This is precisely the type of leadership working people need. The Tories and New Labour have done their level best to gut the power of the unions, and the result has been the massive increase in in-work poverty. Without strong trade unions, workers have been left stuck with stagnant wages, exploitative working conditions like zero-hours contracts which bar them from receiving sick pay, paid holidays or maternity leave and a culture that allows work place bullying and casual sacking. Blair and Brown were as keen on destroying union power as the Tories, and in denying workers protection against redundancy and short-term contracts, all in the name of workforce ‘flexibility’. Despite his candidacy for the party being backed by one of the unions, when Blair gained the leadership he even threatened to cut the party’s ties to them, a tie that is integral to the Labour Party, if they didn’t back his reforms and programme.

Long-bailey promises to reverse this, restore union power and so empower ordinary working people. Which means that the Tories and their lackeys in the press and media will do everything they can to discredit her. You can expect them to start running stories about the how the ‘strike-hit’ seventies made Britain ‘the sick man of Europe’ until Maggie Thatcher appeared to curb the union barons and restore British productivity and confidence. It’s all rubbish, but it’s the myth that has sustained and kept the Tories and their wretched neoliberalism in power for forty years.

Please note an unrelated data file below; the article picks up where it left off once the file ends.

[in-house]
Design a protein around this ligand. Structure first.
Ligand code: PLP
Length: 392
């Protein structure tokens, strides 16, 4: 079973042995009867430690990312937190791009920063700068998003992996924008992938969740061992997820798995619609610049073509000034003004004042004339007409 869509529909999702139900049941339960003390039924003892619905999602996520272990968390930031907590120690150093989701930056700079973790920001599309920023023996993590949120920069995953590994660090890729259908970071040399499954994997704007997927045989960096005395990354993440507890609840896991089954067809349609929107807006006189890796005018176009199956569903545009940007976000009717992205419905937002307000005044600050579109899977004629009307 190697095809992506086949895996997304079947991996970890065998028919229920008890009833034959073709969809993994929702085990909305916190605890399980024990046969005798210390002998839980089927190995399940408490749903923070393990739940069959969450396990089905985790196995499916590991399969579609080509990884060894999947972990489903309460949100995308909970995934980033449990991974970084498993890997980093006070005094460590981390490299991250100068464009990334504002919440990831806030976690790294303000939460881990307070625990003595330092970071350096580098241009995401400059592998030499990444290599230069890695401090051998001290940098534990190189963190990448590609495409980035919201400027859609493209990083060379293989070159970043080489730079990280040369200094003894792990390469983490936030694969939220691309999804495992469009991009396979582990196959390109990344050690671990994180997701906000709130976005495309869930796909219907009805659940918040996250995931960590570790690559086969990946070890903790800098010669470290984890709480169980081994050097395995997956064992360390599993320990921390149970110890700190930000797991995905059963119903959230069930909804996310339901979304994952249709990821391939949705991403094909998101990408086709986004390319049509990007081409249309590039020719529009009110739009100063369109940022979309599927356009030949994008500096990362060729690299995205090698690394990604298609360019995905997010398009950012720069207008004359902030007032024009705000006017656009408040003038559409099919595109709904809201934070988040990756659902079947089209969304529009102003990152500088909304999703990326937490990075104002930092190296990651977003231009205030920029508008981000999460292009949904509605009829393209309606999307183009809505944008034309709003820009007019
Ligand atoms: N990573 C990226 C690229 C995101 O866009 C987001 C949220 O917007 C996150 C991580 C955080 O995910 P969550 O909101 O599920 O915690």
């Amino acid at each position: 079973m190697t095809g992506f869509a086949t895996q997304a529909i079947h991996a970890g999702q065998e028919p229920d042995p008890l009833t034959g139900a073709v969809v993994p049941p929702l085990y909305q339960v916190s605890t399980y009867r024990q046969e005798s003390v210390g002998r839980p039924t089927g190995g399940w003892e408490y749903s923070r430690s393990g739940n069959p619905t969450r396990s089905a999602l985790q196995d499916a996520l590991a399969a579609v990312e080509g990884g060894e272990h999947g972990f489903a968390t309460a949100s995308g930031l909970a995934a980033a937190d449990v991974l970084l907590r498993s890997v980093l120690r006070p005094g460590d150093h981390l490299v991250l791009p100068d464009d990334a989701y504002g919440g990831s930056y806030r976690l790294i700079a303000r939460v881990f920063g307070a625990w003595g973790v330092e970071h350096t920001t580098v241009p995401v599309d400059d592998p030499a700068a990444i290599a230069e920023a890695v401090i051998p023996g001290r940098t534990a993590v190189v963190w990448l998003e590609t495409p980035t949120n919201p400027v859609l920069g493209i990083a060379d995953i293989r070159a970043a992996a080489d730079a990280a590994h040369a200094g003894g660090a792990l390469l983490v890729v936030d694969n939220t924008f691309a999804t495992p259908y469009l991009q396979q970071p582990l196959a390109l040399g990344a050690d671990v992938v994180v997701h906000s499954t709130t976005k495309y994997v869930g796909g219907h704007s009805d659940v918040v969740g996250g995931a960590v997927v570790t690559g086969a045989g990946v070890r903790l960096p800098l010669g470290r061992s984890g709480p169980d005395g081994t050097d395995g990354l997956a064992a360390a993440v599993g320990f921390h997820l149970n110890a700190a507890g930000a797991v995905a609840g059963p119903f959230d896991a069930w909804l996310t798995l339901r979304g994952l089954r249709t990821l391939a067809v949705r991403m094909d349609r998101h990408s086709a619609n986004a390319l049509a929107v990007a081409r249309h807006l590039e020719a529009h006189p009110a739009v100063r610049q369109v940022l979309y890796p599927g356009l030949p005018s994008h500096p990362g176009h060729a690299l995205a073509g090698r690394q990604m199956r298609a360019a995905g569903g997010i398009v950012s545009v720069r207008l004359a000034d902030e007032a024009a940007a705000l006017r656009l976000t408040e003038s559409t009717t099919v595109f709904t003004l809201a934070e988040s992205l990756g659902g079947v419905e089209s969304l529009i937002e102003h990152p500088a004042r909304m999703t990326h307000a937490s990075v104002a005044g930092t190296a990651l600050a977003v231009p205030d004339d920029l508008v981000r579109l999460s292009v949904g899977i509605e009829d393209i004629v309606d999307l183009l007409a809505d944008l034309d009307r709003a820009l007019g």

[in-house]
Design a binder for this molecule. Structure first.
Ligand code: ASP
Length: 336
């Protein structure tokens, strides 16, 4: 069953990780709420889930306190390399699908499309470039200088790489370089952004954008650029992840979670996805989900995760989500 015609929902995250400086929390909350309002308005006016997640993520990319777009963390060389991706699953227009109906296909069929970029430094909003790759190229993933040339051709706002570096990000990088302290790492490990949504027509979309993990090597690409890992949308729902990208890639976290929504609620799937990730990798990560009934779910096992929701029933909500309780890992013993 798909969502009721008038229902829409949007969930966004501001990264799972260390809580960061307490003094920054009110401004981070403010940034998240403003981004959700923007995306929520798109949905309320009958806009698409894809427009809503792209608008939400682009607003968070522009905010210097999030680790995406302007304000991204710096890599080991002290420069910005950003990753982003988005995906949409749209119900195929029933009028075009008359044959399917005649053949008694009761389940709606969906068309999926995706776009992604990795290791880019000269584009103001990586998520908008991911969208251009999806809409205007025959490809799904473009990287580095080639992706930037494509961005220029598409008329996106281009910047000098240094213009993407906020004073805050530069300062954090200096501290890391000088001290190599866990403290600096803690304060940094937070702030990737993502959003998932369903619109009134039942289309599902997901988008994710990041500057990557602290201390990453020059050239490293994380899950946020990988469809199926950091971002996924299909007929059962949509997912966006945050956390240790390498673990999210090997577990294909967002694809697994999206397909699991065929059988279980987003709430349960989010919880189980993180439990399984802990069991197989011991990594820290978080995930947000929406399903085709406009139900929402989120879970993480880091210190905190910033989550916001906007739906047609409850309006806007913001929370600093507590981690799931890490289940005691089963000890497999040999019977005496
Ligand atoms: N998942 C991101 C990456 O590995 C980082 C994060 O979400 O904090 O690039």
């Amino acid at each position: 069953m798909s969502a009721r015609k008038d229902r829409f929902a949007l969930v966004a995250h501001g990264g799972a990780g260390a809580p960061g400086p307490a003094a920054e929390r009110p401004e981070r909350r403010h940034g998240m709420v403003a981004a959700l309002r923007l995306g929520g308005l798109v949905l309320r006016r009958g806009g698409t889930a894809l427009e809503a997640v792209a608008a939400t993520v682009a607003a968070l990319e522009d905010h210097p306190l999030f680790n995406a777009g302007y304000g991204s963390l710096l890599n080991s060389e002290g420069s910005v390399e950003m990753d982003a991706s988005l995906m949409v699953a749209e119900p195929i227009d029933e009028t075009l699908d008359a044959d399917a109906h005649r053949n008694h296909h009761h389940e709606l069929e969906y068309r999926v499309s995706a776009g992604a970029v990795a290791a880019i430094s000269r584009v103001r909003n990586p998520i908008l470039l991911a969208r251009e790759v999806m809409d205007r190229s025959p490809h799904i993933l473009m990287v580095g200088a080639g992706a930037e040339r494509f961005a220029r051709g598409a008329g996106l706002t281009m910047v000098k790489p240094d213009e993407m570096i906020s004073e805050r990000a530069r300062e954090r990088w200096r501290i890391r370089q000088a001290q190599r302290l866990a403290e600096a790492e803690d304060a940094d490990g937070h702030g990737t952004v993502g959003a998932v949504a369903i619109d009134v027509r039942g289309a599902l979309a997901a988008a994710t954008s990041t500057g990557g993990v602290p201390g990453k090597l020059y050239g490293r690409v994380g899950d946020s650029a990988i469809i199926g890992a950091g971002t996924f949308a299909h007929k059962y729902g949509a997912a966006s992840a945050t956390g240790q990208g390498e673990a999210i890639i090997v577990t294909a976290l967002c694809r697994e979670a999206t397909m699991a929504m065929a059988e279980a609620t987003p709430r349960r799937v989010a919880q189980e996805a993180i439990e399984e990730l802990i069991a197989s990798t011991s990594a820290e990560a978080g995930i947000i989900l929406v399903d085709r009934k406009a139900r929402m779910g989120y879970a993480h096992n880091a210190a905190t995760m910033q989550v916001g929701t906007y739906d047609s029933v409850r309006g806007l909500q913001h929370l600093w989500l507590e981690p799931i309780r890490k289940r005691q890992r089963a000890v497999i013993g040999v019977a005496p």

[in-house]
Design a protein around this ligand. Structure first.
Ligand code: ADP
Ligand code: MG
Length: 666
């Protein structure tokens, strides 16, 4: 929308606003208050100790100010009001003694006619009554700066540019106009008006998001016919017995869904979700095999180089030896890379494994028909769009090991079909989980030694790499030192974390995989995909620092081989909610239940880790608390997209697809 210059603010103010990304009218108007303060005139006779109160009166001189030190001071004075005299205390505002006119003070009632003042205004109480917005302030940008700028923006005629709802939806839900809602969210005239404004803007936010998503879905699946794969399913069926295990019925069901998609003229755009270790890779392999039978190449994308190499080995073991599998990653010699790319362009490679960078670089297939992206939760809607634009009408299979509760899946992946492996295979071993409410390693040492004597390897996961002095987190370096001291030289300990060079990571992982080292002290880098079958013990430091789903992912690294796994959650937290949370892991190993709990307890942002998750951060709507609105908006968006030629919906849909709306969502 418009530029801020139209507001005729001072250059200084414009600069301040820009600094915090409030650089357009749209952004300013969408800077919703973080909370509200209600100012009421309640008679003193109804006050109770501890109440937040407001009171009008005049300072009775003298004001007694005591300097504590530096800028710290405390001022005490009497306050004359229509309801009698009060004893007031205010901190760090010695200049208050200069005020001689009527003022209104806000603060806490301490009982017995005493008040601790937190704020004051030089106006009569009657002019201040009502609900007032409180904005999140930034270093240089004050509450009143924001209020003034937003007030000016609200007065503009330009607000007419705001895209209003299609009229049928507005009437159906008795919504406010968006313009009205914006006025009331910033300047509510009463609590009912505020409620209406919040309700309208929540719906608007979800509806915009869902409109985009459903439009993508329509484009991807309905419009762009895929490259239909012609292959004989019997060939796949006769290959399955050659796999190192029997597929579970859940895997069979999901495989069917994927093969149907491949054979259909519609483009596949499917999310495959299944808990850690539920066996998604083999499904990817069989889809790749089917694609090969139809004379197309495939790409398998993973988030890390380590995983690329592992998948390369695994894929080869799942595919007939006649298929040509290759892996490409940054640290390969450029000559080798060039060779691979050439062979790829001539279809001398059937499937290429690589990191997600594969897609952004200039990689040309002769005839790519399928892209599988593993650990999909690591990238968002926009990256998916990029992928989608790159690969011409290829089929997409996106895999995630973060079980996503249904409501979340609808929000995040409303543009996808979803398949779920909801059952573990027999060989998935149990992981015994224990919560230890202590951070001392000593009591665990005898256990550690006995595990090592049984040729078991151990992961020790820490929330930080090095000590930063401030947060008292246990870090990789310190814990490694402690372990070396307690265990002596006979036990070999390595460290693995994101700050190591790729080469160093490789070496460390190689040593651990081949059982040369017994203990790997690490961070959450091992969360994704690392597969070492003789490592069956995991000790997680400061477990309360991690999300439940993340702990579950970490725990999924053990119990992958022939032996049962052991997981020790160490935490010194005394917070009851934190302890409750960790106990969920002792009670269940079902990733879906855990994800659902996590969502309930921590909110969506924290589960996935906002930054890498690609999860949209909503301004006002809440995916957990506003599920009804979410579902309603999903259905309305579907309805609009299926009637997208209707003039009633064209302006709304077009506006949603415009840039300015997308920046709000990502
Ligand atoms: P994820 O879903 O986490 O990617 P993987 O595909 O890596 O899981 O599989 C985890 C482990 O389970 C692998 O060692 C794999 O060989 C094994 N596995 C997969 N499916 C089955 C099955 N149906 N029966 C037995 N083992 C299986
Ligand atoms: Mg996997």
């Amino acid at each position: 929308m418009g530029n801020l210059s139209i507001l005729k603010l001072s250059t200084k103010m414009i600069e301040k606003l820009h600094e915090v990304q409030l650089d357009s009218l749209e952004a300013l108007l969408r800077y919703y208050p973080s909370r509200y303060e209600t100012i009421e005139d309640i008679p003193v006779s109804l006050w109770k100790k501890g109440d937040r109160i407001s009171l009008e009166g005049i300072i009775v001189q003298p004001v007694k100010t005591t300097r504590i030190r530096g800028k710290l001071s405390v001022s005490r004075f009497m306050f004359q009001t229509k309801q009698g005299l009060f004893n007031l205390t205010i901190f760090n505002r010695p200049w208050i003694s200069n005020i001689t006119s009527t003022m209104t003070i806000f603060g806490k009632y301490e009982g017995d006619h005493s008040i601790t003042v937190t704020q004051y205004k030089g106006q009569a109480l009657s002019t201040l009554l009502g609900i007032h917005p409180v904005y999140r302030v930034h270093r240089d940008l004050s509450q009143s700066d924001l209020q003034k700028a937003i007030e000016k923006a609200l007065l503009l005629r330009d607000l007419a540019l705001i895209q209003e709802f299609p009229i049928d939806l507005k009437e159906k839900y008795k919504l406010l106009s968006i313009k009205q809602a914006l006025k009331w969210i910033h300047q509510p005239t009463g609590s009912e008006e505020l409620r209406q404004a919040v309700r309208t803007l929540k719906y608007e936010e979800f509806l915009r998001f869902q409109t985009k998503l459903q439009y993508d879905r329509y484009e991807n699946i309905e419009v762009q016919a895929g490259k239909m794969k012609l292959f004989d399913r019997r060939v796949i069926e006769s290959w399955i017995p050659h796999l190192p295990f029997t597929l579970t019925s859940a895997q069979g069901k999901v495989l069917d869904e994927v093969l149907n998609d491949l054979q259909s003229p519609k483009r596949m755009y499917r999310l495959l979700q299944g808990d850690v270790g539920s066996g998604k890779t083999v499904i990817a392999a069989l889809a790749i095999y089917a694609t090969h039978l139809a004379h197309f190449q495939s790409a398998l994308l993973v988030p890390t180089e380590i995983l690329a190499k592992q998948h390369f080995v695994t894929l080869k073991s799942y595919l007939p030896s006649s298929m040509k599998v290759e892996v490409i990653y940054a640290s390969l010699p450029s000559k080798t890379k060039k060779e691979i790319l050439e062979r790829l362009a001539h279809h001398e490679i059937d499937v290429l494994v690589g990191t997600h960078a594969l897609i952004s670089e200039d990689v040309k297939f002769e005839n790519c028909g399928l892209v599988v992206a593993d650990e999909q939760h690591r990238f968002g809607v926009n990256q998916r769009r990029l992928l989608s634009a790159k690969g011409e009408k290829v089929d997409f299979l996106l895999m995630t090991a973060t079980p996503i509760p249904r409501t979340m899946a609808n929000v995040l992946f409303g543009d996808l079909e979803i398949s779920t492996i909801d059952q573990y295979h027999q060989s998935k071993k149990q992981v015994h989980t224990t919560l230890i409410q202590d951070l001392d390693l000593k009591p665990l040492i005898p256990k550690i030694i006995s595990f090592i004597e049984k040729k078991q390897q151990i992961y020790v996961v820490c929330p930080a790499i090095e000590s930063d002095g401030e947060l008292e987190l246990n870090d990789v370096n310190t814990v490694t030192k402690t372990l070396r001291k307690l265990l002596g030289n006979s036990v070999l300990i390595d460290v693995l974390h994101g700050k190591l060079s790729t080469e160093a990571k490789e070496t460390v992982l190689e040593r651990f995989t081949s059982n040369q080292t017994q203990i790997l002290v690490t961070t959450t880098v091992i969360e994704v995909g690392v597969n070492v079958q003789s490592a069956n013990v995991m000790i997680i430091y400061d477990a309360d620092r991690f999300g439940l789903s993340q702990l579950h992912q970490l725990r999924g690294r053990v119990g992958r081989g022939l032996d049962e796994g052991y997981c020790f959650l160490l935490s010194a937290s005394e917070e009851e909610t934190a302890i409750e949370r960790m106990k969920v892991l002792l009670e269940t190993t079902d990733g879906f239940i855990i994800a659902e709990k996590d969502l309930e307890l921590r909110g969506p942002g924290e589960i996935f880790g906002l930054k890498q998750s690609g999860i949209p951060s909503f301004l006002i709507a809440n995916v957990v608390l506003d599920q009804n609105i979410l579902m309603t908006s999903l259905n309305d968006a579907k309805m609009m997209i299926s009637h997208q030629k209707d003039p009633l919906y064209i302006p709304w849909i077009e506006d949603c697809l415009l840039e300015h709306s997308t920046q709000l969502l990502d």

But this is being challenged, and Long-Bailey is showing that she is the woman to end it.

The History Book on the TUC from Its Beginnings to 1968

December 26, 2019

The History of the T.U.C. 1868-1968: A Pictorial Survey of a Social Revolution – Illustrated with Contemporary Prints and Documents (London: General Council of the Trades Union Congress 1968).

This is another book on working class history. It’s a profusely illustrated history of the Trades Union Congress from its origins in 1868 to 1968, and was undoubtedly published to celebrate its centenary.

Among the book’s first pages is this photograph show the TUC’s medal, below, which reads: Workingmen of Every Country Unite to Defend Your Rights.

There’s also these two illustrations on facing pages intended to show the TUC as it was then and now.

After the foreword by the-then head of the TUC, George Woodcock, and the list of General Council in 1967-8, the book is divided into four sections on the following periods

1868-1900, on the first Trades Union Congress and the men who brought it to birth.

1900-1928, in which the TUC was consulted by Ministers and began to take part in public administration.